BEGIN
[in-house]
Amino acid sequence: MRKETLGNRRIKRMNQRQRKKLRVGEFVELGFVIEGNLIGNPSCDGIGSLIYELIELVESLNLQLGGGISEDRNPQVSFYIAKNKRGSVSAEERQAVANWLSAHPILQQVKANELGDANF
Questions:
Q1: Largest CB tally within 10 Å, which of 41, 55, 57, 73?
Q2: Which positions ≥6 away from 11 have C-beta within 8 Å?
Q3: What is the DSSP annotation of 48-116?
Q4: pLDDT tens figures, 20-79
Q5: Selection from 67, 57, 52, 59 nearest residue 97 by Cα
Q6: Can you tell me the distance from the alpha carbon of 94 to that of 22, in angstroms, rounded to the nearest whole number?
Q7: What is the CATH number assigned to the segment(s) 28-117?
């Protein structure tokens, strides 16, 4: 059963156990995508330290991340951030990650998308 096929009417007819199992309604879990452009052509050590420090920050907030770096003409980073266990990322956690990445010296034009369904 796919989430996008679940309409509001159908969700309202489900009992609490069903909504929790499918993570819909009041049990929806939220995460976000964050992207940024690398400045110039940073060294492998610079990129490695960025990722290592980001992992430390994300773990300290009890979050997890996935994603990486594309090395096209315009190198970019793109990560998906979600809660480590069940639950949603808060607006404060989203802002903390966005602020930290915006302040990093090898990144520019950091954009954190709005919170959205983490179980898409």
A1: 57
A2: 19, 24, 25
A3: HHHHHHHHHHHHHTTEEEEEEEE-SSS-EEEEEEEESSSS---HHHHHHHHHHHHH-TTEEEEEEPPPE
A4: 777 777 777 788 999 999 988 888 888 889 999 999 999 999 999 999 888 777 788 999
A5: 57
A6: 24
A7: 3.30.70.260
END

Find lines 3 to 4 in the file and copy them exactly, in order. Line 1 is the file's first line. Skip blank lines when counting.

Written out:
Questions:
Q1: Largest CB tally within 10 Å, which of 41, 55, 57, 73?